Flag: red with a white disk in the center bearing a red crescent nearly encircling a red five-pointed star; the crescent and star are traditional symbols of Islam


Economy


Overview: The economy depends primarily on petroleum, phosphates, and tourism for continued growth. Two successive drought-induced crop failures have strained the government's budget and increased unemployment. The current account fell from a $23 million surplus in 1988 to a $390 million deficit in 1989. Despite its foreign payments problems, Tunis appears committed to its IMF-supported structural adjustment program. Nonetheless, the government may have to slow its implementation to head off labor unrest. The increasing foreign debt—$7.6 billion at yearend 1989—is also a key problem. Tunis probably will seek debt relief in 1990.

GDP: $8.7 billion, per capita $1,105; real growth rate 3.1% (1989 est.)

Inflation rate (consumer prices): 10% (1989)

Unemployment rate: 25% (1989)

Budget: revenues $2.9 billion; expenditures $3.2 billion, including capital expenditures of $0.8 billion (1989 est.)

Exports: $3.1 billion (f.o.b., 1989); commodities—hydrocarbons, agricultural products, phosphates and chemicals; partners—EC 73%, Middle East 9%, US 1%, Turkey, USSR

Imports: $4.4 billion (f.o.b., 1989); commodities—industrial goods and equipment 57%, hydrocarbons 13%, food 12%, consumer goods; partners—EC 68%, US 7%, Canada, Japan, USSR, China, Saudi Arabia, Algeria

External debt: $7.6 billion (December 1989)

Industrial production: growth rate 3.5% (1988)

Electricity: 1,493,000 kW capacity; 4,210 million kWh produced, 530 kWh per capita (1989)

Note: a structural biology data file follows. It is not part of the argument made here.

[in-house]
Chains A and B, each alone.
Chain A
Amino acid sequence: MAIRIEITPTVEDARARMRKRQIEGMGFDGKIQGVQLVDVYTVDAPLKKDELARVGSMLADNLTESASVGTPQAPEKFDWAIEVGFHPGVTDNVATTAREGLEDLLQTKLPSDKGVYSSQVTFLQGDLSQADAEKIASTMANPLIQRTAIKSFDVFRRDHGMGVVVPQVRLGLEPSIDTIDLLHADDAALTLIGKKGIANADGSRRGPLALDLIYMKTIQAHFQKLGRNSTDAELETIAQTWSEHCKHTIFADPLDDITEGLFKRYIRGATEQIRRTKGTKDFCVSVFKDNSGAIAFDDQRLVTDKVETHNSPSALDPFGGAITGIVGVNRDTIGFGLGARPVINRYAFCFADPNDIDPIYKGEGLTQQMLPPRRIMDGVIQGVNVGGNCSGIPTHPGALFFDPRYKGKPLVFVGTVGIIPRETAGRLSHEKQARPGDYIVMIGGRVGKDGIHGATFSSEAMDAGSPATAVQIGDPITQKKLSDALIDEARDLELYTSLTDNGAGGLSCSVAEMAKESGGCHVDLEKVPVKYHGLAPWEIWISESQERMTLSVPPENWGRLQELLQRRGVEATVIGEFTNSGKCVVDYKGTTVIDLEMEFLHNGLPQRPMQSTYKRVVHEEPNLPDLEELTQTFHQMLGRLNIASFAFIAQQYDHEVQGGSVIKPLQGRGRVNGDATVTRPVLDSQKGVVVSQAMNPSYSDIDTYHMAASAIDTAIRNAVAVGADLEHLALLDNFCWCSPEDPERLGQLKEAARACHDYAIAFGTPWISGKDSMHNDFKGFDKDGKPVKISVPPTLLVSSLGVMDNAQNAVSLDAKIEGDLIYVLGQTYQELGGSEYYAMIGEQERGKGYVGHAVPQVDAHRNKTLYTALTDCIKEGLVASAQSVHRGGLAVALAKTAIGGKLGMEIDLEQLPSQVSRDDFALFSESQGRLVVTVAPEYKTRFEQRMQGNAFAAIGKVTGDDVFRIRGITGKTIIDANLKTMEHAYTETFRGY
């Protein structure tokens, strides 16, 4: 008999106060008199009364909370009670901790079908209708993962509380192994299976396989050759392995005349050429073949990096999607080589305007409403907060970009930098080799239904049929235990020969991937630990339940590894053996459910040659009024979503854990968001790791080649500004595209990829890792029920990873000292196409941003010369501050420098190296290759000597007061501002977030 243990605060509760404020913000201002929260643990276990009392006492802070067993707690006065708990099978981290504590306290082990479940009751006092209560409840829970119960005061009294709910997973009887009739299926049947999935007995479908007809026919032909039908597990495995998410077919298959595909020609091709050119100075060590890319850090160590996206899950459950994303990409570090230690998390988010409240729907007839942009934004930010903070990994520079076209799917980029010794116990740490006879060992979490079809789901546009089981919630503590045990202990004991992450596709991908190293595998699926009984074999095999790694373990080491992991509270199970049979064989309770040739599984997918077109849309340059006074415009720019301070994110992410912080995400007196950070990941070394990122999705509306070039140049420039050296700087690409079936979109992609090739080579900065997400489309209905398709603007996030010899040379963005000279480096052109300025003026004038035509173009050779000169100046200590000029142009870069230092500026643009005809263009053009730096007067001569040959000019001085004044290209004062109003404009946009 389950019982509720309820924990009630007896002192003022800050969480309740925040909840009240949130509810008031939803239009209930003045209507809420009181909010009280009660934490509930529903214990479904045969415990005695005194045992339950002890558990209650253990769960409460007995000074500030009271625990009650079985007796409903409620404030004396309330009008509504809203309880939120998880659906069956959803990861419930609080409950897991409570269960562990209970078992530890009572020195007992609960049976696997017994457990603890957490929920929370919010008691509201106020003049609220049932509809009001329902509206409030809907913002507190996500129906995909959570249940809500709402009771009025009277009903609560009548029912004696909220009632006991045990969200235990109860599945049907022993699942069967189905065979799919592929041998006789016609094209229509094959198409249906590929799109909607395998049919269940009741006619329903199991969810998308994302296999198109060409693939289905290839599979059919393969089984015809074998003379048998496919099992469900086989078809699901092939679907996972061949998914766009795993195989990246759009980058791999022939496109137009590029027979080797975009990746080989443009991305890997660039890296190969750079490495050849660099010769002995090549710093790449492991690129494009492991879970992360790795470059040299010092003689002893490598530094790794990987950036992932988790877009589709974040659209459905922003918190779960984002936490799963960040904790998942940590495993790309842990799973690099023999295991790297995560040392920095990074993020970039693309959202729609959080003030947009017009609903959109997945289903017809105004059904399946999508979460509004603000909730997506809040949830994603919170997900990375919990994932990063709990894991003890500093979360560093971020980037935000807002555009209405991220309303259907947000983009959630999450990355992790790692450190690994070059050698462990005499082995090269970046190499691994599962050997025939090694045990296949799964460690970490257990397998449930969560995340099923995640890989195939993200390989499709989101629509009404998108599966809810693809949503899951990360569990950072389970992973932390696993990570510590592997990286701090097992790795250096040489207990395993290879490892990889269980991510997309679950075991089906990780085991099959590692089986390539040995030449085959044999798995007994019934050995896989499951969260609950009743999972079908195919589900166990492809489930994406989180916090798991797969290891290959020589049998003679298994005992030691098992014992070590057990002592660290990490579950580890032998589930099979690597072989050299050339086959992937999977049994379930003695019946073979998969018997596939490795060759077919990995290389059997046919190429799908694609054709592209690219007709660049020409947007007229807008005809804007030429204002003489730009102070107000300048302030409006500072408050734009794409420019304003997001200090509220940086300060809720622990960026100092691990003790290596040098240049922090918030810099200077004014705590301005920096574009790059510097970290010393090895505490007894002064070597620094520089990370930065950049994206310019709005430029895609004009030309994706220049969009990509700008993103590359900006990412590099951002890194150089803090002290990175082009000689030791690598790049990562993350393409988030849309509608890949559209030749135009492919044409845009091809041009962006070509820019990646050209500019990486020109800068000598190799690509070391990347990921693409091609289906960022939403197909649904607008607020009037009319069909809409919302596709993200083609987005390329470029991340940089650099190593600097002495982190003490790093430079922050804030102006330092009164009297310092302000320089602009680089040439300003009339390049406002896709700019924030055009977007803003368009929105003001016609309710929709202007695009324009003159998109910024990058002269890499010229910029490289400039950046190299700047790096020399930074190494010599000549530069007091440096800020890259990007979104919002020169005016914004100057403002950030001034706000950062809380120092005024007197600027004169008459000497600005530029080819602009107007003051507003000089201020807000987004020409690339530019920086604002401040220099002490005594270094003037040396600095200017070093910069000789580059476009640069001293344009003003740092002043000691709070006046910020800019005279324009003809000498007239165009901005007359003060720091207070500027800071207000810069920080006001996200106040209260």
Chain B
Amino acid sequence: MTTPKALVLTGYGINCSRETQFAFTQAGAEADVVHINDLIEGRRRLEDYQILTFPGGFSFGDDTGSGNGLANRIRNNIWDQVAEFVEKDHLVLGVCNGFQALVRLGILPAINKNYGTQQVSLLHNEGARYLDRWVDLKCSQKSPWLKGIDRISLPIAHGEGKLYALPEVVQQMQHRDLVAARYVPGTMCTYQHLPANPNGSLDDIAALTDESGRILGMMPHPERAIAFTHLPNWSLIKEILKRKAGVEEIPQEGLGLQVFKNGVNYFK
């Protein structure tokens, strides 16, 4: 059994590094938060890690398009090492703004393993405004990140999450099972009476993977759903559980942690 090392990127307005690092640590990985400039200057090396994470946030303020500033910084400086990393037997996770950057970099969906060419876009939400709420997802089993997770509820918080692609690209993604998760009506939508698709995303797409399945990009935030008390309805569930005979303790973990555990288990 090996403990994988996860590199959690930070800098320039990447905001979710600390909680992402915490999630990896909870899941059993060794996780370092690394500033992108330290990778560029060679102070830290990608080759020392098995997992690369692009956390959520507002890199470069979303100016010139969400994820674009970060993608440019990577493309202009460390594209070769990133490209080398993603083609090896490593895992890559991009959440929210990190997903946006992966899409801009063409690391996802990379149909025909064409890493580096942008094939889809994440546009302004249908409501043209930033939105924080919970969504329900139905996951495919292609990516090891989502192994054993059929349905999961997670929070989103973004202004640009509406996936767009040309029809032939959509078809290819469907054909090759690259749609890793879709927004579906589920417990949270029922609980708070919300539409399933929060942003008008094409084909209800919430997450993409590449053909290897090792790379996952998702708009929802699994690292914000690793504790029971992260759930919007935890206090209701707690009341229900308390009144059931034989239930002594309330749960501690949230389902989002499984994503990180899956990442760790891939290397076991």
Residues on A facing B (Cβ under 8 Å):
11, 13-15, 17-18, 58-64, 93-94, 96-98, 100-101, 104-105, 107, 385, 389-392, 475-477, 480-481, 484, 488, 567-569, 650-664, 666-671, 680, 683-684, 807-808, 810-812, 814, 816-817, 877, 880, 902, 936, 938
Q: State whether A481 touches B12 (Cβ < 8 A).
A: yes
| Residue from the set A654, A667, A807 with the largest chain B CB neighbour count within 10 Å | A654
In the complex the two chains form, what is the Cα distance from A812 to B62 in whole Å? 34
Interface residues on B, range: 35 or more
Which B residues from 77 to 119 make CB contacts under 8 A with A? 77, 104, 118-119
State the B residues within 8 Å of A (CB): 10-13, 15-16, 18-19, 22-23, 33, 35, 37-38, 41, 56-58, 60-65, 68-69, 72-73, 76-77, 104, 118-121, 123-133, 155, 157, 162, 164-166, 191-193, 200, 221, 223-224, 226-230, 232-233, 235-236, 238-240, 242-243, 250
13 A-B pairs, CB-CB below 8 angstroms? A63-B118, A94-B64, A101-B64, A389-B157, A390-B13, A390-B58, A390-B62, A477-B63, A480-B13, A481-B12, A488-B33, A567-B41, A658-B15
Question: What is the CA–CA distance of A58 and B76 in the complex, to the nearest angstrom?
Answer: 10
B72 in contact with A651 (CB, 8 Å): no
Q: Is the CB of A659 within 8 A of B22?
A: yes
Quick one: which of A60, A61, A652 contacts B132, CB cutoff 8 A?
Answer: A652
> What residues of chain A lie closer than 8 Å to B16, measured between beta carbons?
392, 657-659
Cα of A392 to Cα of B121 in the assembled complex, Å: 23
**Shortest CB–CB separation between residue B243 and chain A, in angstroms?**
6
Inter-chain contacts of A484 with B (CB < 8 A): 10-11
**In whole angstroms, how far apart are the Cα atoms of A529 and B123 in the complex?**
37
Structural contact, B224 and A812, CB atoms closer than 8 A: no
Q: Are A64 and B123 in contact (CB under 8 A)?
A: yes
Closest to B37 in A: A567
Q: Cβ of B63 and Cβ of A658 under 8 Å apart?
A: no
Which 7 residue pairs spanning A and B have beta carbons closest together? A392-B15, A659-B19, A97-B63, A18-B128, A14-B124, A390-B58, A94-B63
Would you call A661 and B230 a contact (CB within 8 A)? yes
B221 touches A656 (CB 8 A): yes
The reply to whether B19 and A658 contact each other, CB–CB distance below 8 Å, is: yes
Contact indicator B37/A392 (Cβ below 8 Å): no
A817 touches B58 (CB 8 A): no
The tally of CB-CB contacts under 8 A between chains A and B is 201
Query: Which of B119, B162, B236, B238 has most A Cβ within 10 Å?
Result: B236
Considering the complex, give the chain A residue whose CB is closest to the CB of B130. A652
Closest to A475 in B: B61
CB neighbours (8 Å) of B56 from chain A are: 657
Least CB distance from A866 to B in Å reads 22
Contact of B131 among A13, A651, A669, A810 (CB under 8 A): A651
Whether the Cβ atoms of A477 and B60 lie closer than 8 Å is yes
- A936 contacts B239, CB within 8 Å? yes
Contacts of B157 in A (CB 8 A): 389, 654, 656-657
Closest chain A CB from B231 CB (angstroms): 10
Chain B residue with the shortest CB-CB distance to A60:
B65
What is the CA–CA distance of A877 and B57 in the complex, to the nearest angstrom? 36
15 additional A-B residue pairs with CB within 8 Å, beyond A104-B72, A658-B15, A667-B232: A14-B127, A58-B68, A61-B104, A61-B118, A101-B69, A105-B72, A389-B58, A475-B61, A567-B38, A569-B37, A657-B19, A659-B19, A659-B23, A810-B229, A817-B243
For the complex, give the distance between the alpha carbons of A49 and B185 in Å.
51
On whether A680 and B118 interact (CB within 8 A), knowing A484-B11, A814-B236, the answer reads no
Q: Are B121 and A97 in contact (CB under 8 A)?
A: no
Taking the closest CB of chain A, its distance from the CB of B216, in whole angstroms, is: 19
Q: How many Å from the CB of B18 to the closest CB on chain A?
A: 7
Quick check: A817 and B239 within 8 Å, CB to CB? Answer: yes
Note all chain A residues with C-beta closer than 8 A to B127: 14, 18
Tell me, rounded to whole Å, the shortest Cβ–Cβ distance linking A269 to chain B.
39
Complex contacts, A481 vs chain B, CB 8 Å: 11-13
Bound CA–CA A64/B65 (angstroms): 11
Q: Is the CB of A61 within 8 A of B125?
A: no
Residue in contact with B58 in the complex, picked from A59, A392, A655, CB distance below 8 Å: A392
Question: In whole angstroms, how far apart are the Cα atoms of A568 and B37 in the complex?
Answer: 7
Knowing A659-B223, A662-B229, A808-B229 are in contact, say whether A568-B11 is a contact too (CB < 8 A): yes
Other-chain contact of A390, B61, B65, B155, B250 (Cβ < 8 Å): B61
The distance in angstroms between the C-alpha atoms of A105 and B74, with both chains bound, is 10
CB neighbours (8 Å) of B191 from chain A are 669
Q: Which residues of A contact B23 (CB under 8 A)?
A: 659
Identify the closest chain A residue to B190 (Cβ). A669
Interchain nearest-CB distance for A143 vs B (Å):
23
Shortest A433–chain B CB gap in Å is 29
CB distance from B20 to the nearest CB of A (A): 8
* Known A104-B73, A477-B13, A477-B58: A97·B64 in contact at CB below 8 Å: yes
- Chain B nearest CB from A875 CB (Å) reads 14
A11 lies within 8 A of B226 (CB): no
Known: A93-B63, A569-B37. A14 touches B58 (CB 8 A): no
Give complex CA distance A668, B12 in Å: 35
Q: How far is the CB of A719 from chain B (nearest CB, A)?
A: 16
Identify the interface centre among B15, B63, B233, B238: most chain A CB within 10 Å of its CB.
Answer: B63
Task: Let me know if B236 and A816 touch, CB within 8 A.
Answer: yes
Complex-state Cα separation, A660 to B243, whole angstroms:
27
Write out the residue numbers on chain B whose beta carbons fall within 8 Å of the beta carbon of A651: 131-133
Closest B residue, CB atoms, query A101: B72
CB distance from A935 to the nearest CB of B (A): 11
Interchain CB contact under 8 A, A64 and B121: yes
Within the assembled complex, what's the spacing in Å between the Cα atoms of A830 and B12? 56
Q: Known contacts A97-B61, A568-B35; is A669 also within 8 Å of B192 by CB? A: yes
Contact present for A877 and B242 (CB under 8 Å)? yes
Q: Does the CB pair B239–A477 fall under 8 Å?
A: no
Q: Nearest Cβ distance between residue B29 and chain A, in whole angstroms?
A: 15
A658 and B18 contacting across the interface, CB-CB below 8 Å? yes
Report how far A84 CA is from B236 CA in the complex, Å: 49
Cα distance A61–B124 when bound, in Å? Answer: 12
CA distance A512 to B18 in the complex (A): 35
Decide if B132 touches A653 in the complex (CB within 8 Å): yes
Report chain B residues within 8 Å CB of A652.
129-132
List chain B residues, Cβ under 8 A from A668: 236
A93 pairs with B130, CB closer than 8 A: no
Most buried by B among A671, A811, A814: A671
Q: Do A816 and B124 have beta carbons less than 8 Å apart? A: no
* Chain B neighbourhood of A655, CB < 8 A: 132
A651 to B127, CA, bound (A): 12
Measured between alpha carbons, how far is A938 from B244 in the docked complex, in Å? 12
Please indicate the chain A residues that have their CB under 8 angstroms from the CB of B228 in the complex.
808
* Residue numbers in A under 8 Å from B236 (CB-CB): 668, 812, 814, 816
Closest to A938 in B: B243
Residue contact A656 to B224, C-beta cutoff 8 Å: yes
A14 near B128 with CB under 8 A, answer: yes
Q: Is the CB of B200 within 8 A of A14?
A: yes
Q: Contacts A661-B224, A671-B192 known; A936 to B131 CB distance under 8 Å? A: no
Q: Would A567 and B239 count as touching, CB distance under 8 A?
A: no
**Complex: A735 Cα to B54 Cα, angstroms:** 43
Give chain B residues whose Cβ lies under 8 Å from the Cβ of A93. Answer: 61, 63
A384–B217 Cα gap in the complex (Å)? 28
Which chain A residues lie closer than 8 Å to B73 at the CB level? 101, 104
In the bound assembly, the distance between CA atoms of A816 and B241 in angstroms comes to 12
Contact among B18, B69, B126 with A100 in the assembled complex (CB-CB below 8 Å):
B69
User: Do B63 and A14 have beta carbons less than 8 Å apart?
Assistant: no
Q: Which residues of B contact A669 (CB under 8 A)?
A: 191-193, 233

Industries: petroleum, mining (particularly phosphate and iron ore), textiles, footwear, food, beverages

Agriculture: accounts for 16% of GDP and one-third of labor force; output subject to severe fluctuations because of frequent droughts; export crops—olives, dates, oranges, almonds; other products—grain, sugar beets, wine grapes, poultry, beef, dairy; not self-sufficient in food; fish catch of 99,200 metric tons (1986)

Aid: US commitments, including Ex-Im (FY70-88), $694 million; Western (non-US) countries, ODA and OOF bilateral commitments (1970-87), $4.6 billion; OPEC bilateral aid (1979-89), $684 million; Communist countries (1970-88), $410 million

Currency: Tunisian dinar (plural—dinars); 1 Tunisian dinar (TD) = 1,000 millimes

Exchange rates: Tunisian dinars (TD) per US$1—0.9055 (January 1990), 0.9493 (1989), 0.8578 (1988), 0.8287 (1987), 0.7940 (1986), 0.8345 (1985)

Fiscal year: calendar year


Communications


Railroads: 2,154 km total; 465 km 1.435-meter standard gauge; 1,689 km 1.000-meter gauge

Highways: 17,700 km total; 9,100 km bituminous; 8,600 km improved and unimproved earth

Pipelines: 797 km crude oil; 86 km refined products; 742 km natural gas

Ports: Bizerte, Gabes, Sfax, Sousse, Tunis, La Goulette, Zarzis

Merchant marine: 21 ships (1,000 GRT or over) totaling 160,172 GRT/218,970 DWT; includes 1 short-sea passenger, 4 cargo, 2 roll-on/roll-off cargo, 2 petroleum, oils, and lubricants (POL) tanker, 6 chemical tanker, 1 liquefied gas, 5 bulk

Civil air: 13 major transport aircraft

Airports: 30 total, 28 usable; 13 with permanent-surface runways; none with runways over 3,659 m; 7 with runways 2,440-3,659 m; 7 with runways 1,220-2,439 m

Telecommunications: the system is above the African average; facilities consist of open-wire lines, multiconductor cable, and radio relay; key centers are Şafāqis, Sūsah, Bizerte, and Tūnis; 233,000 telephones; stations—18 AM, 4 FM, 14 TV; 4 submarine cables; satellite earth stations—Atlantic Ocean INTELSAT and 1 ARABSAT with back-up control station; coaxial cable to Algeria; radio relay to Algeria, Libya, and Italy


Defense Forces


Branches: Army, Navy, Air Force

Military manpower: males 15-49, 1,997,197; 1,149,141 fit for military service; 88,368 reach military age (20) annually

Defense expenditures: 2.7% of GDP, or $235 million (1989 est.)